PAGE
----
Monster Love: Why we love non-human representation
- July 3, 2019
Jamie Kaiju Marriage
Jamie is a non-binary lover of giant monsters and all things queer. They write about games from the LGBTQIA+ games industry, stream for queer and mental health positivity, and loudly advocate for representation of marginalised groups in media.
It’s easy to feel like a monster when you’re different from those around you. Being part of a society that has expectations on who you should be, how you behave, and how you present can leave a person feeling like something other than human.
But feeling like a monster isn’t necessarily a bad thing. In fact, our connection with positive non-human identities has a long history of giving us a sense of self in a world that works against marginalised communities. Sometime,s we not only connect with the monsters in our media, but we become them as well.
“I love monsters ’cause the monstrous potential within others & my self is a fantastic medium to explore everything that defines us” – @_birdmachine
The gaming world is a fantastic exploration of non-human connection, with roleplaying games like Monsterhearts and visual novels like When The Night Comes and GENDERWRECKED, we get to involve ourselves with the lives of non-human characters. Within these games we get to see ourselves or the world around us without the same norms; we get to experience gender, sexuality, emotion, and the physical world in ways that feel right. We embrace the monster instead of fearing it—because it’s the right thing to do.
“I love monsters because they allow people to see that kindness, love, and care are not exclusively human traits.” – @KomradeKrisis
“I love monsters because I feel accepted, welcome, and interested.” – @saszysarah
We don’t always get it right, of course. Stereotypes are still draped heavy across those non-humans we interact with. Werewolves must be aggressive, demons and succubi malicious, giant monsters capable only of destruction. Boxing the monsters we love into categories is just as bad as when we do it to ourselves. And just because the game includes non-humans doesn’t mean they should be the only diversity available; we need to see us represented in positive humans as often as we do the monsters.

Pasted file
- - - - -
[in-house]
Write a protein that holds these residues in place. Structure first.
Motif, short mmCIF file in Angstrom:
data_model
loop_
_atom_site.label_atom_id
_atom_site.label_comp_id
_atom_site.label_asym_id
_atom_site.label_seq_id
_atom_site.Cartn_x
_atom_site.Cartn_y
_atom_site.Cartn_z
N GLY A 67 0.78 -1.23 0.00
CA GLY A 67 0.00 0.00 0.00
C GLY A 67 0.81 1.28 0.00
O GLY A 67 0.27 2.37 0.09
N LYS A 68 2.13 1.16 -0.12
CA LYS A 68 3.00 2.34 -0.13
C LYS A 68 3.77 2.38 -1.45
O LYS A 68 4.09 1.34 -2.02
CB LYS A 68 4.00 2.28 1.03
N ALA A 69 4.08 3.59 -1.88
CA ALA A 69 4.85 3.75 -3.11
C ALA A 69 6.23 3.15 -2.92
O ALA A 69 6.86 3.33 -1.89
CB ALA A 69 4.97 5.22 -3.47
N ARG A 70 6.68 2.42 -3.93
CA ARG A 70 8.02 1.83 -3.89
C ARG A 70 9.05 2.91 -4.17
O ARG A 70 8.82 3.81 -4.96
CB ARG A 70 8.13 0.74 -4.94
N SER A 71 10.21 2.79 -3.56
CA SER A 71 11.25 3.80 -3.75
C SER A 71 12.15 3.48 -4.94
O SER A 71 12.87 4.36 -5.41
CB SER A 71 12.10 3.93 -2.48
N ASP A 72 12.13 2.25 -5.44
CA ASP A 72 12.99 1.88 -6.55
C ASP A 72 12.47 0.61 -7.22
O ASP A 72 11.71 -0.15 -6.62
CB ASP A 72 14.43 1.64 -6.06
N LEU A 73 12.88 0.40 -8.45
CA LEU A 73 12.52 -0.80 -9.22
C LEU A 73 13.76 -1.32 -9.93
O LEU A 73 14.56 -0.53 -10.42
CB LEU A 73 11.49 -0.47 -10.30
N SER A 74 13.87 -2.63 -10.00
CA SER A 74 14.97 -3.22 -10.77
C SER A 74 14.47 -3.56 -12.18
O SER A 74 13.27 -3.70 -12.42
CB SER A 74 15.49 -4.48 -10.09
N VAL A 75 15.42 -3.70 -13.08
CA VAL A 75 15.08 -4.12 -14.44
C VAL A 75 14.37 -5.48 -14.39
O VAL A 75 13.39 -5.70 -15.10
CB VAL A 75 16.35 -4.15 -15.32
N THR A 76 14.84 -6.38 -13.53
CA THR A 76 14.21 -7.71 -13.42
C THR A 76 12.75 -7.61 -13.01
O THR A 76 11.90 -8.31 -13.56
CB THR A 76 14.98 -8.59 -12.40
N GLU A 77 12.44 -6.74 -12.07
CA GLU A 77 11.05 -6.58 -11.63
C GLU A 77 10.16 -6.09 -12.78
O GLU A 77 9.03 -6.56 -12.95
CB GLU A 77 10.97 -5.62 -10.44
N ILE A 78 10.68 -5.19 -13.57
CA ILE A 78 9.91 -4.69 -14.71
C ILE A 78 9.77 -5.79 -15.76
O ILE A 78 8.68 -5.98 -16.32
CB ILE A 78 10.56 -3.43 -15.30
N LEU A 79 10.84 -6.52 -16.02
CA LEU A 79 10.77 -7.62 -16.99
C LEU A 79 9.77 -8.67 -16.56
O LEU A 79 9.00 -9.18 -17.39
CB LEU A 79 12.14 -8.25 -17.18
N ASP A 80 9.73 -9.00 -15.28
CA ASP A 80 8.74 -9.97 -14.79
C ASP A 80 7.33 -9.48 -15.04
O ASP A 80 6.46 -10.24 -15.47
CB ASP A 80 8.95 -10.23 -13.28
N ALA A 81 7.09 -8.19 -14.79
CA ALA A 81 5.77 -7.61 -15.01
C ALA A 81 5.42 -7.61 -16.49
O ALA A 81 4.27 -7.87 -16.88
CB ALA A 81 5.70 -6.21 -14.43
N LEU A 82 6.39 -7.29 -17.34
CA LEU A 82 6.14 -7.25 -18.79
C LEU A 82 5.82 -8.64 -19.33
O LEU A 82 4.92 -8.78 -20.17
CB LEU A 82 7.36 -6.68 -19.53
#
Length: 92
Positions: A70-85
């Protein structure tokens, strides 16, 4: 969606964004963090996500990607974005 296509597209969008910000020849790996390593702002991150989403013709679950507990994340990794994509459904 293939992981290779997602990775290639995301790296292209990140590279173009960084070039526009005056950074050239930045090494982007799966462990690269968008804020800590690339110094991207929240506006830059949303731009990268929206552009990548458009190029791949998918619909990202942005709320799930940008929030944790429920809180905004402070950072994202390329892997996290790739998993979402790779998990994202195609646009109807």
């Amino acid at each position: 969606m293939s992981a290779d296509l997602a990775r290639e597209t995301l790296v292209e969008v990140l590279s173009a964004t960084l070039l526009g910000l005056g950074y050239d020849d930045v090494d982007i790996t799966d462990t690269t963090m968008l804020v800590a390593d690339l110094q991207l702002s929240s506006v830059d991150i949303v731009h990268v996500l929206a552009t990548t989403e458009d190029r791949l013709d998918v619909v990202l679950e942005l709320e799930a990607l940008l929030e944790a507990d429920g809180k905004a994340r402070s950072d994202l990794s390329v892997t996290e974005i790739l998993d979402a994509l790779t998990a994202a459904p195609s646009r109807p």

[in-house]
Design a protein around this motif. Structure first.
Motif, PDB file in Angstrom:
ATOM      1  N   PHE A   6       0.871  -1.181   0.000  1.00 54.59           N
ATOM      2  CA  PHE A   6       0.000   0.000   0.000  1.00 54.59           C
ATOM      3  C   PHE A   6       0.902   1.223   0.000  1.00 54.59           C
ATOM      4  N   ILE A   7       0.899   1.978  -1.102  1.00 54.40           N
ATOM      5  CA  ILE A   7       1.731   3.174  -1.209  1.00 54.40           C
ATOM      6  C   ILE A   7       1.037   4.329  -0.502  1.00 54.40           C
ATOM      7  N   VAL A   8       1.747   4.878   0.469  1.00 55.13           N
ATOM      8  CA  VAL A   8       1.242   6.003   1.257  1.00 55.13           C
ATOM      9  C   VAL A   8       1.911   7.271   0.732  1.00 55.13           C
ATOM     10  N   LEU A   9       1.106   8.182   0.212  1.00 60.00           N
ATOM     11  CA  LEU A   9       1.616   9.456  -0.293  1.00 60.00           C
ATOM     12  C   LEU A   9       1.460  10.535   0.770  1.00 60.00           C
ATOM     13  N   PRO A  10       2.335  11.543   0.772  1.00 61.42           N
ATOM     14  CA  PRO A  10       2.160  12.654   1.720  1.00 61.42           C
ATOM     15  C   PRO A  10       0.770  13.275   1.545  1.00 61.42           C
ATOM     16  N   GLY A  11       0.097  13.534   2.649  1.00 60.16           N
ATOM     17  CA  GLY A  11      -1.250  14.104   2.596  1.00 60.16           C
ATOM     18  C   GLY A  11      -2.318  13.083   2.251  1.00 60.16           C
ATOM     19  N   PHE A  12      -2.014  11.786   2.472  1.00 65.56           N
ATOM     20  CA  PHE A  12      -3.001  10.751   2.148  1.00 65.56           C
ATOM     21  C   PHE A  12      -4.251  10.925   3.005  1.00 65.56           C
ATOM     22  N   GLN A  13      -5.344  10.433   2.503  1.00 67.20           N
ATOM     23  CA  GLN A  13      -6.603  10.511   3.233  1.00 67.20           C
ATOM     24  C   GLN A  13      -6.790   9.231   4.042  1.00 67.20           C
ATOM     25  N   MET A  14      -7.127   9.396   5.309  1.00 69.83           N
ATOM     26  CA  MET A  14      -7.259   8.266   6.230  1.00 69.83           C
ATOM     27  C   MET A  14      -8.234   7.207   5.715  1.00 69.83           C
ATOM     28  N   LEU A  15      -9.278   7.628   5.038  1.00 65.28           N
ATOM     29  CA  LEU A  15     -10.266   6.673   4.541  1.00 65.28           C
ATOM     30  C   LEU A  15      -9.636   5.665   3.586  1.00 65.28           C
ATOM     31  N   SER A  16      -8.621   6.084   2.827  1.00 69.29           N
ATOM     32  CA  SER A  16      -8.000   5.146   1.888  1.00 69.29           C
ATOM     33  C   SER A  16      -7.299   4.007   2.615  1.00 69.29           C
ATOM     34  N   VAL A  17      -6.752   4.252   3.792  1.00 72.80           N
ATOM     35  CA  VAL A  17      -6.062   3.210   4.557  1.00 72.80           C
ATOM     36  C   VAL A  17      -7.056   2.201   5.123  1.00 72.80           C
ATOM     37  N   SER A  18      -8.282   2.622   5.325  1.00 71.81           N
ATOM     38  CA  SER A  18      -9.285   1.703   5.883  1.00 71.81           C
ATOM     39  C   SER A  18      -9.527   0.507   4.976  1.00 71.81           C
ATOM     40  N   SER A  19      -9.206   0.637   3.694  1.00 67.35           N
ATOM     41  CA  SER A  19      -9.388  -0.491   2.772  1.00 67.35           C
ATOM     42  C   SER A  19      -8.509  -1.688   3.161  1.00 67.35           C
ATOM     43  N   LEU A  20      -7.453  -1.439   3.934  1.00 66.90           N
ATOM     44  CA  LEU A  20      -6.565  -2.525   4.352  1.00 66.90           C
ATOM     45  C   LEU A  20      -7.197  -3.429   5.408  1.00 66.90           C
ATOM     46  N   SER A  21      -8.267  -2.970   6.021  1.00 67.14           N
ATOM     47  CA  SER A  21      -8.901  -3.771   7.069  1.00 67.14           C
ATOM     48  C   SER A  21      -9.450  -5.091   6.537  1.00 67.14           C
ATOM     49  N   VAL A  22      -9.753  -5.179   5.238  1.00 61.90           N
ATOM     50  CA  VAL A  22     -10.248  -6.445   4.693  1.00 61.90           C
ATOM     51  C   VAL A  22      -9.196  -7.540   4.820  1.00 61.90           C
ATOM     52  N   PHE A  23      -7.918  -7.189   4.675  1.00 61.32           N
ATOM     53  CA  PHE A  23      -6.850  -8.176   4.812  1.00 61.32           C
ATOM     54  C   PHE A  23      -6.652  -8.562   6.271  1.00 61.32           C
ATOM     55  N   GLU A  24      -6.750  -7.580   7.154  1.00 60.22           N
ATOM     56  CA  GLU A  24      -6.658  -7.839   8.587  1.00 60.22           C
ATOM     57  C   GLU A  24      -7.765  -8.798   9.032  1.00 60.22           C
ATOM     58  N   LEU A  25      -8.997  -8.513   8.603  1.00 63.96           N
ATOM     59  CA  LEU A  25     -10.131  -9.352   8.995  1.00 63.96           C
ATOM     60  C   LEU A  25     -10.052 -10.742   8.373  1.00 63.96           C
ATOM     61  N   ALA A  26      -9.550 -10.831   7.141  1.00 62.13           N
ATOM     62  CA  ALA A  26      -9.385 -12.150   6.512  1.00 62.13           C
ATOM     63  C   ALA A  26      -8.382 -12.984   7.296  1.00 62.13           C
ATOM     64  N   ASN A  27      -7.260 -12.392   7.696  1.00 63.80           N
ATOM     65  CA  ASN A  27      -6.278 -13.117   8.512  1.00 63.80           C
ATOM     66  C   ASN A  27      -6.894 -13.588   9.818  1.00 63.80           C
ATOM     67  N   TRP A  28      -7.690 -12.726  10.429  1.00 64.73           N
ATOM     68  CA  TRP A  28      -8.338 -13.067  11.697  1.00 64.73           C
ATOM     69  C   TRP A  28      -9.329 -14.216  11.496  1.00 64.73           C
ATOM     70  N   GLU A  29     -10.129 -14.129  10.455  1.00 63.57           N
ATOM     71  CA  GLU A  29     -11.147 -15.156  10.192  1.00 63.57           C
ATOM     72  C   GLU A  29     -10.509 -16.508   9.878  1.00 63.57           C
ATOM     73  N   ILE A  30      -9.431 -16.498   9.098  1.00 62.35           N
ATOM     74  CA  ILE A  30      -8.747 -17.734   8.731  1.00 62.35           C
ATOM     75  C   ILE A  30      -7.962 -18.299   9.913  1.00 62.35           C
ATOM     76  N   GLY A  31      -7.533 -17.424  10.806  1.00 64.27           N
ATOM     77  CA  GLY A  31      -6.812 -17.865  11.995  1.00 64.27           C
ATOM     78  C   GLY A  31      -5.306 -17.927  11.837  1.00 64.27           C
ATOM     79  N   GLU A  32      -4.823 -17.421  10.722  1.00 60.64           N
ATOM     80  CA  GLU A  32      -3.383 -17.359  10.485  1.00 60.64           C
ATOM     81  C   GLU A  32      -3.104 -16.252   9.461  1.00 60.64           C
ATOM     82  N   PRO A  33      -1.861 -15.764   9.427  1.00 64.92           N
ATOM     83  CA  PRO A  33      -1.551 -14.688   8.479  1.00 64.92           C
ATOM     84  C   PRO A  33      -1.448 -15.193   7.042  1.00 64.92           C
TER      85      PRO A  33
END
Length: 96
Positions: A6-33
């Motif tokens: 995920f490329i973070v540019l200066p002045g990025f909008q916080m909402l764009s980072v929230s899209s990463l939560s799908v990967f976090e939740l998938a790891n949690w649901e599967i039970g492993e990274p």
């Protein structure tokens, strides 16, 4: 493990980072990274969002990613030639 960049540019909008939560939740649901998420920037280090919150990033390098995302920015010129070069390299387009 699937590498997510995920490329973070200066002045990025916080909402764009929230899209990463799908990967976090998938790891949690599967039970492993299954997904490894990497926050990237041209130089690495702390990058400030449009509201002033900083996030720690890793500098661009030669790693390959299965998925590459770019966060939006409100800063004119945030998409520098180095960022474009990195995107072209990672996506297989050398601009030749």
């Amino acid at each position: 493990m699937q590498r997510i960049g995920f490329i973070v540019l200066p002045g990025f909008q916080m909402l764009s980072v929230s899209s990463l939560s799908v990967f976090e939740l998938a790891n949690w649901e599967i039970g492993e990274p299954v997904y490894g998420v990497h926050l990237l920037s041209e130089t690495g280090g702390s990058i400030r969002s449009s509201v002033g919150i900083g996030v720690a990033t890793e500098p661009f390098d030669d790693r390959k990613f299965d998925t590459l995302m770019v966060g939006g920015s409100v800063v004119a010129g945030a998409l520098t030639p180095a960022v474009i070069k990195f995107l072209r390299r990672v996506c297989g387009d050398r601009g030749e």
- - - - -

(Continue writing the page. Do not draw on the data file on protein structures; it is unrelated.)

“i love monsters because i like imagining escaping my dysphoria through having a non-human body” – @gendervamp (Lead Writer – GENDERWRECKED)
There’s little wonder why members of the LGBTQIA+ community especially flock to monster fandom. We hide for years afraid of being who we are and get treated as pariahs by the media day after day. Seeing ourselves as different is valid, as long as that doesn’t mean we see ourselves as the evil monsters that’s what society says we are.
“I love monsters because when we get to play them in games, we get to break away from our societal and gender expectations as humans” – @lynnfactor
“I love supernatural romances because the complexities of immortality, among other things, brings something to the table that no human romance really ever could. There’s an element of danger, there’s an element of mystery, but ultimately it’s all about learning to accept and love them regardless of what they are. They just want to be loved and understood as much as any human when it comes down to it.” – @kriswrites_ (Lead Writer – When The Night Comes)
We love monsters. We identify with them. We want to romance them, share our lives with them, laugh and love and travel the world with them. Because we want to know, to prove, that being different isn’t bad.
We have monster pride, and we’re proud of it.